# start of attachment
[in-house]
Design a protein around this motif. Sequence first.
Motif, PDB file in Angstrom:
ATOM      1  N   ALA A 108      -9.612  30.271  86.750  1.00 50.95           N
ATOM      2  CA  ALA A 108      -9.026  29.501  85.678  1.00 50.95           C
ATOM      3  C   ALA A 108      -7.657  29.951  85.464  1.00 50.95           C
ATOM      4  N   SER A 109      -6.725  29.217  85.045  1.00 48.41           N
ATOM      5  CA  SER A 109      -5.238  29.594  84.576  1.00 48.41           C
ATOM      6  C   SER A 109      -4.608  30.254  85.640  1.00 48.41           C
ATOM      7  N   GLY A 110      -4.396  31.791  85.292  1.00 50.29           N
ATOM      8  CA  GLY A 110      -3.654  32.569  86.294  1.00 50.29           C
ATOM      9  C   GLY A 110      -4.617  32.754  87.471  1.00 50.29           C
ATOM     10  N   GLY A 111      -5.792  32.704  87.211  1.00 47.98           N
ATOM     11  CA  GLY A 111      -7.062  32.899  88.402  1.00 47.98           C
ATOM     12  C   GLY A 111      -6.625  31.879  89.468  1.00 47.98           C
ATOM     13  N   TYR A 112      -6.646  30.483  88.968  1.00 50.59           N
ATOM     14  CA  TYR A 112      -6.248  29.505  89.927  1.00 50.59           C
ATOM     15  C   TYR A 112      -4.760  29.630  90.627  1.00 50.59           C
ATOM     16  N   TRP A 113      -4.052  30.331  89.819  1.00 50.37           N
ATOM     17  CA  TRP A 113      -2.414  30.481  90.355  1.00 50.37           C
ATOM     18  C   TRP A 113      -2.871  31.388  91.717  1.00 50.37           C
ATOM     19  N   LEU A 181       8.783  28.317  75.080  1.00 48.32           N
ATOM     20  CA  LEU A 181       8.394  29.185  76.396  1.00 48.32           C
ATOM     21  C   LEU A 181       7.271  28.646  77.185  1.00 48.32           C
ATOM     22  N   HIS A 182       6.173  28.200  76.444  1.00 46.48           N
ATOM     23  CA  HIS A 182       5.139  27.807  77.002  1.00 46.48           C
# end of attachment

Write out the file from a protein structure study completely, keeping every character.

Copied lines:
[in-house]
Design a protein around this motif. Sequence first.
Motif, PDB file in Angstrom:
ATOM      1  N   ALA A 108      -9.612  30.271  86.750  1.00 50.95           N
ATOM      2  CA  ALA A 108      -9.026  29.501  85.678  1.00 50.95           C
ATOM      3  C   ALA A 108      -7.657  29.951  85.464  1.00 50.95           C
ATOM      4  N   SER A 109      -6.725  29.217  85.045  1.00 48.41           N
ATOM      5  CA  SER A 109      -5.238  29.594  84.576  1.00 48.41           C
ATOM      6  C   SER A 109      -4.608  30.254  85.640  1.00 48.41           C
ATOM      7  N   GLY A 110      -4.396  31.791  85.292  1.00 50.29           N
ATOM      8  CA  GLY A 110      -3.654  32.569  86.294  1.00 50.29           C
ATOM      9  C   GLY A 110      -4.617  32.754  87.471  1.00 50.29           C
ATOM     10  N   GLY A 111      -5.792  32.704  87.211  1.00 47.98           N
ATOM     11  CA  GLY A 111      -7.062  32.899  88.402  1.00 47.98           C
ATOM     12  C   GLY A 111      -6.625  31.879  89.468  1.00 47.98           C
ATOM     13  N   TYR A 112      -6.646  30.483  88.968  1.00 50.59           N
ATOM     14  CA  TYR A 112      -6.248  29.505  89.927  1.00 50.59           C
ATOM     15  C   TYR A 112      -4.760  29.630  90.627  1.00 50.59           C
ATOM     16  N   TRP A 113      -4.052  30.331  89.819  1.00 50.37           N
ATOM     17  CA  TRP A 113      -2.414  30.481  90.355  1.00 50.37           C
ATOM     18  C   TRP A 113      -2.871  31.388  91.717  1.00 50.37           C
ATOM     19  N   LEU A 181       8.783  28.317  75.080  1.00 48.32           N
ATOM     20  CA  LEU A 181       8.394  29.185  76.396  1.00 48.32           C
ATOM     21  C   LEU A 181       7.271  28.646  77.185  1.00 48.32           C
ATOM     22  N   HIS A 182       6.173  28.200  76.444  1.00 46.48           N
ATOM     23  CA  HIS A 182       5.139  27.807  77.002  1.00 46.48           C